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Tuesday, December 20, 2011

Nonprofit Wants to Know if CIA Is Responsible for Evicting Occupy Camps

Posted By on Tue, Dec 20, 2011 at 1:55 PM

click to enlarge We can only imagine how hard it is to collect intelligence from the CIA
  • We can only imagine how hard it is to collect intelligence from the CIA

That's been the rumor circulated among groups of Occupiers who were rousted from their encampments over the last month --  from New York to San Francisco -- as they protested Wall Street and its big banks.  

The Partnership for Civil Justice, a Washington, D.C., nonprofit legal group, says it is getting stonewalled by the CIA, which has bluntly refused to process its Freedom of Information Act request. The request seeks to learn what role -- if any -- the agency played in rooting out Occupy camps city-by-city.

According to the PCJ:

The CIA is not specifically denying that it has records and documents that would reveal its role in the coordinated crackdown that evicted the encampments in major cities within a short period of time. Rather, the agency asserts that it won't look for such records and documents.

The CIA recently responded to the group's request, noting that because the agency deals with foreign intelligence issues, not domestic, it would essentially be illegal for the CIA to have coordinated efforts to evict Occupiers.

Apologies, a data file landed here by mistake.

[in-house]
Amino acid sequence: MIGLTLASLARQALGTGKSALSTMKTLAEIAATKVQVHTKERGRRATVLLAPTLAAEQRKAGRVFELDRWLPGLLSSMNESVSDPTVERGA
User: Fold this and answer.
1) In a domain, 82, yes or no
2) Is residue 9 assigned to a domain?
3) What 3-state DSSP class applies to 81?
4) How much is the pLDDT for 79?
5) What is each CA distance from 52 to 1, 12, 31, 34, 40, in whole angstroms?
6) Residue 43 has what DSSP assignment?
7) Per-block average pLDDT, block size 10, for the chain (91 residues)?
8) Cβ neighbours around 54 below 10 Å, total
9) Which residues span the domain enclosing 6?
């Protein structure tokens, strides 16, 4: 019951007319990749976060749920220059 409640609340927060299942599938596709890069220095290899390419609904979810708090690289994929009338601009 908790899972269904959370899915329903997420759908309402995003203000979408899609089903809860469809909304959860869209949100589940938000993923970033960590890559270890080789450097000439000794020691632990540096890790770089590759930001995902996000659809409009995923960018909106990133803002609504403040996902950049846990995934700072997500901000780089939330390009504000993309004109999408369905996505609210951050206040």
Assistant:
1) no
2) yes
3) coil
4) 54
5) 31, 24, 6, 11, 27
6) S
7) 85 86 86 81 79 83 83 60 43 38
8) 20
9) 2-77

Furthermore, CIA Information and Privacy Coordinator Susan Viscuso wrote in a letter to the group that the agency's "records systems are not configured in a way that would allow us to perform a search reasonably calculated to lead to responsive records. Therefore, we must decline to process your request."



"The CIA is apparently asserting that because its

involvement in law enforcement's crackdown of the Occupy movement would be

barred by law, it is not possible for the CIA to conduct an effective search

for information responsive to our inquiry into its role in the operation,"

Mara Verheyden-Hilliard, executive director of the PCJ, said in a release. "In other

words, because the actions would be illegal, they would also

be off the books."

The PCJ is now demanding that the CIA reconsider its request, noting that it is prepared to take legal action to force the agency to comply with its obligations under the Freedom of Information Act.

This denial comes on the heels of a series of Associated Press articles revealing the CIA's involvement with the NYPD.

[Read the FOIA request here ]

[Read the full letter here]
 



Doesn't the CIA have bigger fish to fry?

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About The Author

Erin Sherbert

Erin Sherbert

Bio:
Erin Sherbert has been Online News Editor for SF Weekly since 2010. She's a Texas native and has a closet full of cowboy boots to prove it.

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